Be sure to collect your mail as soon as possible. A box bulging with letters, bills and catalogs are an identity thief’s dream – and your worst nightmare.
 
If you are not able to pick up your mail for an extended period of time, have a neighbor collect it or request that the post office hold it for you.
 
Bring any outgoing mail to the post office or drop it into a secure drop box – placing bill payments in your personal mailbox can provide identity thieves easy access to all the information they need to start racking up fraudulent charges in your name.
 
If you must place outgoing mail in your box, do not raise your mailbox’s flag – your letter carrier will know to collect your outgoing mail even if the flag isn’t used.

Zero Out & Destroy Old Hard Drives
 
When disposing of an old computer, be sure to wipe or destroy the hard drive first. Properly wiping the data from a hard drive requires special software, as simply deleting files – and even formatting the drive – leaves your data intact enough that even a novice thief could recover your information.
 
If you do not have the adequate “wiping” program, then remove your hard drive from the system and destroy it… open the old drive, tear it apart, scratch and break the hard disk, etc.
 
The key is to sufficiently destroy the disc and its contents to render them completely unrecoverable.

Passwords & Smart Surfing Online
 
Computer passwords should be at least 8 characters, utilizing a combination of letters and numbers.
 
Protect your computer with a firewall and spyware detection and virus protection software.
 
Update and run spyware detection and virus protection software at least once a month.
 
Do not open emails or files – or click on hyperlinks – that come from unknown sources.

Do You Know The Impact of Identity Theft?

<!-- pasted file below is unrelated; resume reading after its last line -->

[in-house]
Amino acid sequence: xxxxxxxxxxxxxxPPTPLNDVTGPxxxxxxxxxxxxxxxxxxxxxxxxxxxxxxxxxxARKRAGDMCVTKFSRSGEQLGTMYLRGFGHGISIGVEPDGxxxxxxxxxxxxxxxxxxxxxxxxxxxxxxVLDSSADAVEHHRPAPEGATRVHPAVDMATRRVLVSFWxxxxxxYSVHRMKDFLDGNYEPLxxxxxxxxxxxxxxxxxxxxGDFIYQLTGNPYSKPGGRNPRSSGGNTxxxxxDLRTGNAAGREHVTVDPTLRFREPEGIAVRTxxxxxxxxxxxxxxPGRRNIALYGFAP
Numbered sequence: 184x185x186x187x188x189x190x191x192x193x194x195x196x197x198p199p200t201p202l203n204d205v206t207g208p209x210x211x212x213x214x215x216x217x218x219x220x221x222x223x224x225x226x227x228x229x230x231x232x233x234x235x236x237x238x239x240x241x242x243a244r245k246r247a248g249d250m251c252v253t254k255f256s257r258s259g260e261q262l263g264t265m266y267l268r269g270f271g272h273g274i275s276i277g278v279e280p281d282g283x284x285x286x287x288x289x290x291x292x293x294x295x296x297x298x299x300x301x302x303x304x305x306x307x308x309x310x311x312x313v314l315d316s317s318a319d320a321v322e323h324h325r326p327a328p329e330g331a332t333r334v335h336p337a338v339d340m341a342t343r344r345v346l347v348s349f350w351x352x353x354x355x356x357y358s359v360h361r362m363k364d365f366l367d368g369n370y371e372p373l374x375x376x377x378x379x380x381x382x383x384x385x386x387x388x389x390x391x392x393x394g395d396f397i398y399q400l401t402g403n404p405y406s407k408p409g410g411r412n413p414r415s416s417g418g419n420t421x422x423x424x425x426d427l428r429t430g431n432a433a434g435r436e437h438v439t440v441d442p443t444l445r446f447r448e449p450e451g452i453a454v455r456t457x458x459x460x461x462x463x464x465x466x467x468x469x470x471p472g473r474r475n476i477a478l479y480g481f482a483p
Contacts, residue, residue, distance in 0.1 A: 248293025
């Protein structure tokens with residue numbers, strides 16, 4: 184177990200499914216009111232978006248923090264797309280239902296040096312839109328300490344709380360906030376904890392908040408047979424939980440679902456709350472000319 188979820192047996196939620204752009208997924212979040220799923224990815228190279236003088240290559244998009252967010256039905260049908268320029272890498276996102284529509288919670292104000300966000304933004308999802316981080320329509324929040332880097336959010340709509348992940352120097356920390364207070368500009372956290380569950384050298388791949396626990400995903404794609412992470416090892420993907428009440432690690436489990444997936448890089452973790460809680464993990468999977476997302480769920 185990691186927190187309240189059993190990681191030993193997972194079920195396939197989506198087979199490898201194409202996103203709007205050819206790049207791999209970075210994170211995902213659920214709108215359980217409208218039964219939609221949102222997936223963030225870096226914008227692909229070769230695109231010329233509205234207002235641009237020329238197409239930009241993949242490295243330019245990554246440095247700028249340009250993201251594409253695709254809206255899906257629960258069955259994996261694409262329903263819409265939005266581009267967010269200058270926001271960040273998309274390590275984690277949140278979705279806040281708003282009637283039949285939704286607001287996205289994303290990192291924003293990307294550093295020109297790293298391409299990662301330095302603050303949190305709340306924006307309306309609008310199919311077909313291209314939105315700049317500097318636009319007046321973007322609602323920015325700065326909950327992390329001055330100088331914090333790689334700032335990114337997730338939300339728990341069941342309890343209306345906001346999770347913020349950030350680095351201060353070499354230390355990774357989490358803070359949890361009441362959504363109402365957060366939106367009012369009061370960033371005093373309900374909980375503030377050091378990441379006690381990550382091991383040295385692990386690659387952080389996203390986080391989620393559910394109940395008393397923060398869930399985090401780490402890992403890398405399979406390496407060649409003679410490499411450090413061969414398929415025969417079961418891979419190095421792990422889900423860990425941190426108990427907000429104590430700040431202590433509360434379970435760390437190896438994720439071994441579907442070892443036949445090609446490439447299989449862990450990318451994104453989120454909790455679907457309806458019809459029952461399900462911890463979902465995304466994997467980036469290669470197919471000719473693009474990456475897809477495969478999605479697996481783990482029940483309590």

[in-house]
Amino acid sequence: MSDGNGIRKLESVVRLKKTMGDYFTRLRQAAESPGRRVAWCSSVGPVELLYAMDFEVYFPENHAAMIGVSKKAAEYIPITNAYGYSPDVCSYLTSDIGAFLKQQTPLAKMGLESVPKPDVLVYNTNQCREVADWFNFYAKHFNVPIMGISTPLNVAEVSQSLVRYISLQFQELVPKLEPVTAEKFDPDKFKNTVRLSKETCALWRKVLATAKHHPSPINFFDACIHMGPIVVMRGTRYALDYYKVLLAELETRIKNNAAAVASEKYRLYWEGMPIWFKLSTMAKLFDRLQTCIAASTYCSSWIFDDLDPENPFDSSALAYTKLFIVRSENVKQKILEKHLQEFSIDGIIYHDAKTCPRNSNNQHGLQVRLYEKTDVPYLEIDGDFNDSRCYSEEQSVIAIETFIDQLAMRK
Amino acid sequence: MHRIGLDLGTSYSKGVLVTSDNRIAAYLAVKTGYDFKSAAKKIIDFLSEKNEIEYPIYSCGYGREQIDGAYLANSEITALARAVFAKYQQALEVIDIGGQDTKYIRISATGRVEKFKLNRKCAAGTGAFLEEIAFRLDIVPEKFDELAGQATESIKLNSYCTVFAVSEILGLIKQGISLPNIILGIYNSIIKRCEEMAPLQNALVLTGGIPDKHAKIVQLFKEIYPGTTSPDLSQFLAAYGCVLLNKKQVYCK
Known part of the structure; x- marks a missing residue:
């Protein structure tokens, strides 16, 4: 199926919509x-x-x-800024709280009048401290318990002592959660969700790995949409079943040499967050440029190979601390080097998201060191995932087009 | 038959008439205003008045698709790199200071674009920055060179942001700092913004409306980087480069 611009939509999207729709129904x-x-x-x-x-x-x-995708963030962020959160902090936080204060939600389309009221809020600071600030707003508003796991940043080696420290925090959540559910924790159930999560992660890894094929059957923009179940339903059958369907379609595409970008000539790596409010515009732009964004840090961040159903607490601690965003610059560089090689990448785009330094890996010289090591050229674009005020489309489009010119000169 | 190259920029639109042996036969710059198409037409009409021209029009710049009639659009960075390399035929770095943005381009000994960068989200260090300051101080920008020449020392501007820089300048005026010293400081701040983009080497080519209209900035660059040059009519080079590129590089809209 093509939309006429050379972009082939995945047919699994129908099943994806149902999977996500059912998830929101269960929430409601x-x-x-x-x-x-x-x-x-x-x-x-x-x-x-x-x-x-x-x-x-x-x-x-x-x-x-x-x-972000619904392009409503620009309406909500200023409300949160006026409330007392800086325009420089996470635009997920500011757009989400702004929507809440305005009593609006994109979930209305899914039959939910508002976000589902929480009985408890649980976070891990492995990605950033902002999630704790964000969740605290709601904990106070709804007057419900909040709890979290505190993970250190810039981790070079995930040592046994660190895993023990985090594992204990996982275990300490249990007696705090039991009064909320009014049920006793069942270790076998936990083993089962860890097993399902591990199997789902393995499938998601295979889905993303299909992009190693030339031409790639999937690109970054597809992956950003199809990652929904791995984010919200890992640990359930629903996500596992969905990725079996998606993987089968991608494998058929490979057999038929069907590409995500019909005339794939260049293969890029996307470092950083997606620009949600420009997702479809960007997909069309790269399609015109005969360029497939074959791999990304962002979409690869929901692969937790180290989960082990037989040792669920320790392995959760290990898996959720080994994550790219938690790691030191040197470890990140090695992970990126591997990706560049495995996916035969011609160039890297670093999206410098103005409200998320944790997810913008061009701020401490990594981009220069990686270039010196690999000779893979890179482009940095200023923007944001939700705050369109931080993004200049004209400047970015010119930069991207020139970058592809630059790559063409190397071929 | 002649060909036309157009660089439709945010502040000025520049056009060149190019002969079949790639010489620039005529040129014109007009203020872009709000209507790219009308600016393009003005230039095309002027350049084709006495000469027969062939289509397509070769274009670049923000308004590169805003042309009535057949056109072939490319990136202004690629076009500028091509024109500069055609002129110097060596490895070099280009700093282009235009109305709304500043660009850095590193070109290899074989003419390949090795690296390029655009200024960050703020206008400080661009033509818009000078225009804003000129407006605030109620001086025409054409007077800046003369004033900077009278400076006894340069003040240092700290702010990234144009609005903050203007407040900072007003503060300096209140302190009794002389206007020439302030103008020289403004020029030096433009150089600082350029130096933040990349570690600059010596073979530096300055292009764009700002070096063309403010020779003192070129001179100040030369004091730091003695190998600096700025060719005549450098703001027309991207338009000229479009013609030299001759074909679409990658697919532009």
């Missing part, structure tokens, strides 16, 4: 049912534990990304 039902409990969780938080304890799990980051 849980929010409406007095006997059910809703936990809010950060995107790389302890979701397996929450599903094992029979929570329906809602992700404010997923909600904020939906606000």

Direct and indirect losses from identity theft totaled $24.7 billion in 2012.

These losses exceeded the $14 billion victims lost from all other property crimes (burglary, motor vehicle theft, and theft) measured by the National Crime Victimization Survey in 2012.

Identity theft losses were over 4 times greater than losses due to stolen money and property in burglaries ($5.2 billion) and theft ($5.7 billion), and eight times the total losses associated with motor vehicle theft ($3.1 billion).

Approximately 16.6 million persons or 7% of all U.S. residents age
16 or older, were victims of one or more incidents of identity theft on 2012

Among identity theft victims, existing bank (37%) or credit card accounts (40%) were the most common types of misused information.

Victims who had personal information used to open a new account or for other fraudulent purposes were more likely than victims of existing account fraud to experience financial, credit, and relationship problems and severe emotional distress.

Among victims who had personal information used for fraudulent purposes,
29% spent a month or more resolving problems.

Resolving the problems caused by identity theft may take more than a year for some victims.

Of the 20.3 million persons age 16 or older who experienced the misuse of existing accounts or other personal information prior to 2012, 7% were still resolving the problems associated with the identity theft more than a year later.

About 36% of identity theft victims reported moderate or severe emotional
distress as a result of the incident.

The majority of identity theft victims did not know how the offender obtained their information.

Of the 5.3 million victims who knew how the identity theft occurred, the most common way offenders obtained information was to steal it during a purchase or other transaction.

Source: Victims of Identity Theft, 2012, Bureau of Justice Statistics, US Department of Justice